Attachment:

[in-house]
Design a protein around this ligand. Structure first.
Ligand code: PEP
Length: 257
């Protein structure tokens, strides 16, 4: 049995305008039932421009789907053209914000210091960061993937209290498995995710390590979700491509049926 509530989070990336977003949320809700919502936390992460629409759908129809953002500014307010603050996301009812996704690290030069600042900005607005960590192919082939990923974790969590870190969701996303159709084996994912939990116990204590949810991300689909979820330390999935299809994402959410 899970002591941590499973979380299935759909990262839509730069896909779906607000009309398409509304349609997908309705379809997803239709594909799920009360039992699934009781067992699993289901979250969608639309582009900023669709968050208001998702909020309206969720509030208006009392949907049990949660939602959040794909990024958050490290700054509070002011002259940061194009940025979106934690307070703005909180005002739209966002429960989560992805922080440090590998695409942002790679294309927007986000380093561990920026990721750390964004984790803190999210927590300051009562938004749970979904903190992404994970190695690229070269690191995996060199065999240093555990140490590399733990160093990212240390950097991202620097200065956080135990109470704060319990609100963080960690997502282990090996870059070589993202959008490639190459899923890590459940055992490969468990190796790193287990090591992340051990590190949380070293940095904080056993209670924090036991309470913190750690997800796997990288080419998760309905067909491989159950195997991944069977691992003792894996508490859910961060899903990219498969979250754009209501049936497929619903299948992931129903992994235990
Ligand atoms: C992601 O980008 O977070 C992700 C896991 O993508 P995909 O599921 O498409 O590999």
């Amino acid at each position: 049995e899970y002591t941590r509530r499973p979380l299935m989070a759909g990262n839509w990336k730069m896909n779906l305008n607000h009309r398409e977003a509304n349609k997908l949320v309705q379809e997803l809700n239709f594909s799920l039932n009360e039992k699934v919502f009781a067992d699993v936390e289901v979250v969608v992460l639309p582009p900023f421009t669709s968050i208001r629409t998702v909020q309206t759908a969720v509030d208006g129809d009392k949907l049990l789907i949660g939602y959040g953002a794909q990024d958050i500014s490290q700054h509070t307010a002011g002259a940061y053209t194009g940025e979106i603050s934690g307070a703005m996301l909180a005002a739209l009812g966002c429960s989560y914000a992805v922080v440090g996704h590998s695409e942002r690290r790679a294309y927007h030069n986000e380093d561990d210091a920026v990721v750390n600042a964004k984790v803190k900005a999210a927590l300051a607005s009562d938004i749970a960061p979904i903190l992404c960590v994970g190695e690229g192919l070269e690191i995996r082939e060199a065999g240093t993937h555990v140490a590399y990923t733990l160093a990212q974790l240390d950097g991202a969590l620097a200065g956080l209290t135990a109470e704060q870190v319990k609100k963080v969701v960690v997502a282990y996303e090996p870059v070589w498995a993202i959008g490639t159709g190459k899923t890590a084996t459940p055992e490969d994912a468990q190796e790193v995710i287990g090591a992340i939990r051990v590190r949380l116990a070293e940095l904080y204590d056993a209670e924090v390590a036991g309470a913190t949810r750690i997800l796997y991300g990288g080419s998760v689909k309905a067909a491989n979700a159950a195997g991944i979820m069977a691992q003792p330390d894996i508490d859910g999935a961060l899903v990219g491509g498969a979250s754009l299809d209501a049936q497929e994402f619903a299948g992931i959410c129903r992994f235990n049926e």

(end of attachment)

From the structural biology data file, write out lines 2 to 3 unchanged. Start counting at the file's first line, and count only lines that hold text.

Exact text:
Design a protein around this ligand. Structure first.
Ligand code: PEP